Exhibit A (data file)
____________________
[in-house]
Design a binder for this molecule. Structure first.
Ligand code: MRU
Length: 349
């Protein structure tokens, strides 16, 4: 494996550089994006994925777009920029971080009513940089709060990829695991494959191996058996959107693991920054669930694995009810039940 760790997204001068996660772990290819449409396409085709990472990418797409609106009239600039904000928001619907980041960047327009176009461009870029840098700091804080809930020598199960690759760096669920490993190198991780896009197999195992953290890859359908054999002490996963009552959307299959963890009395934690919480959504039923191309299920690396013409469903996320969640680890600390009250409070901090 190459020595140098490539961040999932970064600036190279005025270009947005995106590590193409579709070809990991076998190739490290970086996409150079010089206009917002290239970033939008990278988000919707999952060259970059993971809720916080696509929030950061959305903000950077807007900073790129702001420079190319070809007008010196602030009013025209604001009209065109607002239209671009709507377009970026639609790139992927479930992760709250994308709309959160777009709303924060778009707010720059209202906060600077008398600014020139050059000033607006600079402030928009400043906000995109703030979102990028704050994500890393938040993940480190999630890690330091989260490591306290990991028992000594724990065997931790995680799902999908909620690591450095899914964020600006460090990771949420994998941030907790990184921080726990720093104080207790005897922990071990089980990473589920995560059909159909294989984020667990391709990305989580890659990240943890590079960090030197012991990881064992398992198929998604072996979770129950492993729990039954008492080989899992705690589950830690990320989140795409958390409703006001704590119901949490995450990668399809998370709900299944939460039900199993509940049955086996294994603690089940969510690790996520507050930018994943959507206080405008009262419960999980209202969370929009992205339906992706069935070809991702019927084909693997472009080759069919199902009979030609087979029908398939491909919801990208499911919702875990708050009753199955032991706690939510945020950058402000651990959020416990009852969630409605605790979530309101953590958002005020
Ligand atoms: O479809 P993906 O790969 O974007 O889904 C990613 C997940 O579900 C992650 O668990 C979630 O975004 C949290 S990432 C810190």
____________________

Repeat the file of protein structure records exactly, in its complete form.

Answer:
[in-house]
Design a binder for this molecule. Structure first.
Ligand code: MRU
Length: 349
């Protein structure tokens, strides 16, 4: 494996550089994006994925777009920029971080009513940089709060990829695991494959191996058996959107693991920054669930694995009810039940 760790997204001068996660772990290819449409396409085709990472990418797409609106009239600039904000928001619907980041960047327009176009461009870029840098700091804080809930020598199960690759760096669920490993190198991780896009197999195992953290890859359908054999002490996963009552959307299959963890009395934690919480959504039923191309299920690396013409469903996320969640680890600390009250409070901090 190459020595140098490539961040999932970064600036190279005025270009947005995106590590193409579709070809990991076998190739490290970086996409150079010089206009917002290239970033939008990278988000919707999952060259970059993971809720916080696509929030950061959305903000950077807007900073790129702001420079190319070809007008010196602030009013025209604001009209065109607002239209671009709507377009970026639609790139992927479930992760709250994308709309959160777009709303924060778009707010720059209202906060600077008398600014020139050059000033607006600079402030928009400043906000995109703030979102990028704050994500890393938040993940480190999630890690330091989260490591306290990991028992000594724990065997931790995680799902999908909620690591450095899914964020600006460090990771949420994998941030907790990184921080726990720093104080207790005897922990071990089980990473589920995560059909159909294989984020667990391709990305989580890659990240943890590079960090030197012991990881064992398992198929998604072996979770129950492993729990039954008492080989899992705690589950830690990320989140795409958390409703006001704590119901949490995450990668399809998370709900299944939460039900199993509940049955086996294994603690089940969510690790996520507050930018994943959507206080405008009262419960999980209202969370929009992205339906992706069935070809991702019927084909693997472009080759069919199902009979030609087979029908398939491909919801990208499911919702875990708050009753199955032991706690939510945020950058402000651990959020416990009852969630409605605790979530309101953590958002005020
Ligand atoms: O479809 P993906 O790969 O974007 O889904 C990613 C997940 O579900 C992650 O668990 C979630 O975004 C949290 S990432 C810190």